There are also a number of third party vendors which have both hypervisor and array vendor awareness which can help correlate between the two (such as Solarwinds since their Tek tools aquisition) or even VMware's own Enterprise Operations Manager (providing VMware is your hypervisor of choice and your storage vendor has worked with VMware to allow themselves to be reported on in this way, which many have).

In terms of how you address these hotspots, there are a few methods which vary from simply migrating VM workloads to less stressed LUN's/datastores/RAID groups to storage based QOS (can get a little complicated unless you really know what your IO goals or thresholds are. Do you want to rob Peter to pay Paul?), better cache management (look for LUN's which are just filling cache and forcing it to flush with no benefit to response time and disable them so that LUNs that really benefit from cache can use it), technologies which boost cache with either server side PCI-E based SSD or SSD in the array can level out hotspots depending on the workload (there are also a number of fabric based SSD caching appliances coming on). Then we have the marvel or auto-tiering of data where at sub LUN level, chunks or blocks of data are dynamically moved between more or less performing tiers of disk (in reality, the larger arrays have this down and some of the mid market arrays are catching up. Also the profile of your data and how much of your capacity is driving majority IOPS is a massive factor as to whether it will actually benefit you here align with the application workload profile itself).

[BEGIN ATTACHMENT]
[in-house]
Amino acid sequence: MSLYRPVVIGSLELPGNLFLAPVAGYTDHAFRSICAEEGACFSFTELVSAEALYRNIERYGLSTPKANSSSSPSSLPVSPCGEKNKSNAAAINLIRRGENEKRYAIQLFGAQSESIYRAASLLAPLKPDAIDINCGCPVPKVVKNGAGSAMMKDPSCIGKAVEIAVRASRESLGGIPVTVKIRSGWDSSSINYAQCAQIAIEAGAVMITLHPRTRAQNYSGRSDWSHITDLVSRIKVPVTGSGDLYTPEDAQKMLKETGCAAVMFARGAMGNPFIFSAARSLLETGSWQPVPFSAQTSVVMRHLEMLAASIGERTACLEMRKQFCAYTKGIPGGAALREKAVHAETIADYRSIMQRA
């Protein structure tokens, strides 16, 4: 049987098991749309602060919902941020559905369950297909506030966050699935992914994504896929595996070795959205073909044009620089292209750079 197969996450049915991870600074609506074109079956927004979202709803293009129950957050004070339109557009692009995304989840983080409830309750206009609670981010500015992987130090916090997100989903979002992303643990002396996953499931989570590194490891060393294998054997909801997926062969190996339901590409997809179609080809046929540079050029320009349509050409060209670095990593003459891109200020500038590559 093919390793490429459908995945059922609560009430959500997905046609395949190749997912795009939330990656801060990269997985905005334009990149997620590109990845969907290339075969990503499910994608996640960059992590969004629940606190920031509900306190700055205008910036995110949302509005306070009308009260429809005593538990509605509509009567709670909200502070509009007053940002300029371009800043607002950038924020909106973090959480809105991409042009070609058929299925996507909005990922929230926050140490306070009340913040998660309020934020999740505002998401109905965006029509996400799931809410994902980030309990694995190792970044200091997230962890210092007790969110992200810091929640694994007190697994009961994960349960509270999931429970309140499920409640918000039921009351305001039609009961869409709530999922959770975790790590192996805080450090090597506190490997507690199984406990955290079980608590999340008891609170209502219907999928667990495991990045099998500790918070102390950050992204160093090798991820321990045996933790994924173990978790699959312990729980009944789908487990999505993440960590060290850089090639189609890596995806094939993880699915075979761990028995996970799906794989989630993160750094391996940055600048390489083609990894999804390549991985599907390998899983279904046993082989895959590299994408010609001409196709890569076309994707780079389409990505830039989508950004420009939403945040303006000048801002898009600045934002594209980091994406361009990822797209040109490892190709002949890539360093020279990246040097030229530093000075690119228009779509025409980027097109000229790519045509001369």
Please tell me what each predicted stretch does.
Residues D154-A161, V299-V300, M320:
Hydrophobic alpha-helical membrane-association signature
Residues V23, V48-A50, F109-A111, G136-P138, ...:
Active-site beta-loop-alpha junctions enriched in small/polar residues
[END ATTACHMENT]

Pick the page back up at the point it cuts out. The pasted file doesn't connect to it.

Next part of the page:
Anyway, just a few thoughts from my perspective.